Last Friday, on October 7, the Kick-off of the “Reflective House” at Fontys University of Arts took place, with guest speaker Caecilia van Pisken. The general idea for the Reflective House is to develop and facilitate a space in our institution where students, teachers, and researchers can come together and exchange ideas, share thoughts on issues, questions, develop projects and discuss topics that matter to them – especially those outside of curricula. The only delineation is that this happens within an inquiring attitude: through asking questions, thinking and working together on them, rather than starting with solutions, or coming up with what we already know.
The initiative for this specific evening was sparked in conversation with Eva Knechtl from the team internationalisation, regarding questions how we as an arts institution can engage with the world around us, specifically in urgent situations such as the war in Ukraine and the refugee crisis. This idea, originating in thoughts on social engagement and conflict situations, gave us an excellent opportunity to invite Caecilia van Pisken, who has a background in UN conflict missions, and is working on UN Sustainable Development Goal #16: Peace, Justice and Strong Institutions. It was inspiring to hear her speak about her work and her wealth of experiences.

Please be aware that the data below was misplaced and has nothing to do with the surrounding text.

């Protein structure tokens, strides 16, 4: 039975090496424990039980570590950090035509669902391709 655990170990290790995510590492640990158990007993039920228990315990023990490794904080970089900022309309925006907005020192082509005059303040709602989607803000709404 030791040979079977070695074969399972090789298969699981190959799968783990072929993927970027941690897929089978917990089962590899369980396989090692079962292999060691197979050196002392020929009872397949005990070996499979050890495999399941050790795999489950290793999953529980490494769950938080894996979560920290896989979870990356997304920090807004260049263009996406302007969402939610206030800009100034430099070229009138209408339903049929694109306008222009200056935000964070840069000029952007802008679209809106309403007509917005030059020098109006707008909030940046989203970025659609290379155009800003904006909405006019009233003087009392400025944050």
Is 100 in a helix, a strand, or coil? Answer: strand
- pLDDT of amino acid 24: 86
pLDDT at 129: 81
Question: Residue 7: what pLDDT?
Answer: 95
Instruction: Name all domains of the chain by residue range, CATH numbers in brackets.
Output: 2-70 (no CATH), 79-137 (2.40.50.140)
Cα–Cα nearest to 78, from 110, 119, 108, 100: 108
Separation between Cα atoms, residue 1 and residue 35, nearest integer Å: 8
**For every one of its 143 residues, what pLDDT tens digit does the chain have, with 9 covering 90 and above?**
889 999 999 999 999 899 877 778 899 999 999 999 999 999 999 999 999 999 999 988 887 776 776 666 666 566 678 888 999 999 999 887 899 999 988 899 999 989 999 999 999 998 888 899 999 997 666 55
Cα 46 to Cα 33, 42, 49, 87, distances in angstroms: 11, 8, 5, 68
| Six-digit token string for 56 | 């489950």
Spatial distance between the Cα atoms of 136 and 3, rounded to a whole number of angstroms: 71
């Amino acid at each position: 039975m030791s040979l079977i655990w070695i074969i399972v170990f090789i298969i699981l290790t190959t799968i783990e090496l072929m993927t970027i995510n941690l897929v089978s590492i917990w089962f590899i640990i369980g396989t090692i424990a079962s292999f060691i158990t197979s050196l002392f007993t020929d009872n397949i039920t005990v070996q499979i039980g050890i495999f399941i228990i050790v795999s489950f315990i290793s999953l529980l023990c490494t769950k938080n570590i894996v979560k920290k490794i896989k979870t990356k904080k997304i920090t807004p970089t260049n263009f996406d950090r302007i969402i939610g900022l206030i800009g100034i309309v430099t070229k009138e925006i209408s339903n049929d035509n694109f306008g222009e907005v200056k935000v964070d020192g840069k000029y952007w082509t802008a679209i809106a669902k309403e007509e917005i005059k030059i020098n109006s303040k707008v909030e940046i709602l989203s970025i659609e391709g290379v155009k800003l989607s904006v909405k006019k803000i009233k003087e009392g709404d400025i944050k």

It is quite a difficult task to summarise Peski’s work in a few words: While reading her CV, I was struck by the sheer amount of different kinds of work that she has done, so here just a few bits: Caecilia is a commander in the Dutch Royal Navy, a military veteran, and an authority in the fields of peace and security, civil-military interaction, democratisation and elections, justice and equality. As a UN representative, she addressed the UN General Assembly with her statement “Women, Peace, Security.” Within the UN Sustainable Development Goals, Caecilia works in particular on Goal #16: Peace, Justice and Strong Institutions.
Among the stories she shared with us, I was particularly intrigued by Caecilia’s description of what makes good peace negotiators, a topic that would deserve a full lecture in itself: The ability to make real contact with the other person, ofter under enormous pressure and multi-layered tensions. One must be able to listen exceptionally well and to empathise how it is like to be the other person. Typically, through lots of training and interactions with a considerable variety of other people, peace negotiators are able to ask the other person: What’s your story?